The Great Swamp Watershed Association (GSWA) is closely monitoring new proposals for land development currently under review by the planning boards in Long Hill Township and Bernardsville Borough.
Long Hill Township
In Long Hill, Restore Meyersville LLC has submitted an application to build a new indoor volleyball facility on property located at 596 Meyersville Road near the Meyersville traffic circle. The property, which once housed a business known as Archie’s Resale, stands adjacent to a portion of the Great Swamp National Wildlife Refuge. GSWA has participated in several planning board meetings, and questioned the applicant and his experts. The site is contaminated with asbestos and polycyclic aromatic hydrocarbons (PAHs). Under the proposed development plan, these pollutants will be cleaned up under the oversight of a Licensed Site Remediation Professional (LSRP). The same plan will reduce the amount of impervious surface coverage at the site by almost 10%. In turn, this may lead to a reduction in the amount of stormwater runoff flowing away from the property which will benefit the local environment.
In Bernardsville, TD Bank has filed a proposal and requested variances to construct a new bank building, drive-thru lanes, and a parking area on vacant land along Morristown Road (U.S. Route 202) between Weichert Realtors and the retail shops at Bernardsville Centre. (The planning board has not yet determined that the application is complete.)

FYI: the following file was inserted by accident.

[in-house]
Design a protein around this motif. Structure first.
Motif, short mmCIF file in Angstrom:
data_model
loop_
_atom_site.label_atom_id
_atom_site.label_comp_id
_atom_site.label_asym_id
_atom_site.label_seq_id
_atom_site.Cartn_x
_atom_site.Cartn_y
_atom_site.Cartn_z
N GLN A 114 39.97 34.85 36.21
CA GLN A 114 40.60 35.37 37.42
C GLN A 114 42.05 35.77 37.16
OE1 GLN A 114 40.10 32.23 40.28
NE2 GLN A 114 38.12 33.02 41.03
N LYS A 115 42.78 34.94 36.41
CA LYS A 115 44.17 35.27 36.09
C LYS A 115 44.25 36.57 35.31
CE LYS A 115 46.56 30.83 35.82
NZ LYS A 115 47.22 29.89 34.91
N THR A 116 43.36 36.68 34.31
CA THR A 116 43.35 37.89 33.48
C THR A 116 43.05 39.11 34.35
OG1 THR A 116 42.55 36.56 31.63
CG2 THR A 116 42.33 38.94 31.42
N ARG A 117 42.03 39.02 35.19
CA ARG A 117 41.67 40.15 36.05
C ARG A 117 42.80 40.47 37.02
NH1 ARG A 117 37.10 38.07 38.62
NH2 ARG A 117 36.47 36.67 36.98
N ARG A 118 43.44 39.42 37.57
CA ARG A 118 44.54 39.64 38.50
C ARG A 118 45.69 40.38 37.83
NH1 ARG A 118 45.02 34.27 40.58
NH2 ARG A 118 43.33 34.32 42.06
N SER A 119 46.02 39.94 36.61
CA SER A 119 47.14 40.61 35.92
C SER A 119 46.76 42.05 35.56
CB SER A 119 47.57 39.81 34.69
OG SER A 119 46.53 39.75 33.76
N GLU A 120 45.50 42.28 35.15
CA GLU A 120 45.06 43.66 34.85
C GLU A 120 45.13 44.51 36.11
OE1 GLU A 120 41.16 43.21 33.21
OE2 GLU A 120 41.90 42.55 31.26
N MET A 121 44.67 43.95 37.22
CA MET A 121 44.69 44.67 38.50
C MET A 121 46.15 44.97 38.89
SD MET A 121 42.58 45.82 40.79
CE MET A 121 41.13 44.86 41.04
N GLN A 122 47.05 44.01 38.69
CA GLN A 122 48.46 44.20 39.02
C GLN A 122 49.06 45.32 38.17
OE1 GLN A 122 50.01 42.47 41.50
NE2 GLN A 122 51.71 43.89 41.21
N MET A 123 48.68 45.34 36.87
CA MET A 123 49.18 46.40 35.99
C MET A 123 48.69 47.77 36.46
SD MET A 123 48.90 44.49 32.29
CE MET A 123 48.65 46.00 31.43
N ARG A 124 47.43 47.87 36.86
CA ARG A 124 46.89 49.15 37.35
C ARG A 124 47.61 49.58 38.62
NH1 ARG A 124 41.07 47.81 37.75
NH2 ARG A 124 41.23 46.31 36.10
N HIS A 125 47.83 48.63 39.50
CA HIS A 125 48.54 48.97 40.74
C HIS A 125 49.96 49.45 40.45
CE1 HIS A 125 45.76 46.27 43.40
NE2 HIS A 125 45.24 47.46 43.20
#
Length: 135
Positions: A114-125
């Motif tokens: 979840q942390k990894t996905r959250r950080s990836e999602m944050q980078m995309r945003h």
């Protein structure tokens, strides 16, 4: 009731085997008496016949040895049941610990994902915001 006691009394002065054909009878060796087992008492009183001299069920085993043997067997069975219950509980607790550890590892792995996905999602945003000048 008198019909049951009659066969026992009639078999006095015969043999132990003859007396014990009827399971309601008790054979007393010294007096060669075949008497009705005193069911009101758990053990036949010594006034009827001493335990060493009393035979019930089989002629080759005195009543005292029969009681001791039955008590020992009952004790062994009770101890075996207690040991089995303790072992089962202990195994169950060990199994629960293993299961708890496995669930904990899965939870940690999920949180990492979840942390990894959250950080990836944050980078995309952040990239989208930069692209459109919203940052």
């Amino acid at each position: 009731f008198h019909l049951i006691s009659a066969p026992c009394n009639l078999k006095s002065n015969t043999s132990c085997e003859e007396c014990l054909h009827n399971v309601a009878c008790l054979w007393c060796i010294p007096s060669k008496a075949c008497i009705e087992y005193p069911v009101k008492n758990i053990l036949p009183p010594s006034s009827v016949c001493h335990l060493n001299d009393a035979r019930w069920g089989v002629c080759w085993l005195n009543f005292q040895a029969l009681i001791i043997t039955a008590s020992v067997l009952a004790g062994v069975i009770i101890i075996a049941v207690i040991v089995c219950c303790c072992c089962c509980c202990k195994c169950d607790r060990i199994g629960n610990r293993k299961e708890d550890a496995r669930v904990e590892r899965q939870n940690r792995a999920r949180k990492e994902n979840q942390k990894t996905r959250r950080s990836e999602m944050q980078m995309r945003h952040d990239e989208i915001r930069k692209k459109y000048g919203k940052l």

Nearby Penns Brook has already suffered serious damage as a result of the stormwater runoff emanating from existing building complexes in the area. Erosion along the brook is extensive. Water testing reveals unusually high nitrate levels. Road salt is routinely detected at levels in excess of state water quality standards.
As proposals for new construction along this stretch of Morristown Road have proliferated, GSWA has stepped in repeatedly to represent environmental interests and protect Penns Brook from additional harm.
In 2006, the organization cited concerns over increased stormwater runoff and erosion in its opposition to Weichert Realtors’ plan to construct a new building next to its existing 62 Morristown Road location. (This construction project was proposed for the same site now under consideration by TD Bank.)
GSWA actively participated in the application for expansion of Bernardsville Centre to ensure appropriate stormwater controls. GSWA stepped in once again in 2012 when Chase Bank sought to build a new facility immediately south of 62 Morristown Road. In this case, the organization successfully argued in favor of amending Chase’s original development plan to include stricter stormwater controls.
Slope disturbances at the Chase Bank site have been extreme. The precipitous embankment that has been created has exposed several soil layers to the elements (see photos). Although a retaining wall is being constructed, this wall will not be as effective as a stabilized natural slope.
Should TD Bank’s new proposal proceed, more of the same slope is likely to disappear. And, yet another stand of mature, soil-stabilizing vegetation will disappear along with it. Without question, the addition of another building and another parking lot will add even more to the impervious surface cover in this already-crowded Morristown Road corridor.
We already know that erosion and stormwater pollution have taken their toll on Penns Brook. With new construction projects proliferating in the area–first at the Chase site and now at the proposed TD site–Penns Brook’s future must be weighed carefully against the upsides of further development. And while development may be inevitable, GSWA will vigilantly advocate for it to be appropriate in size, scope, and environmental protections.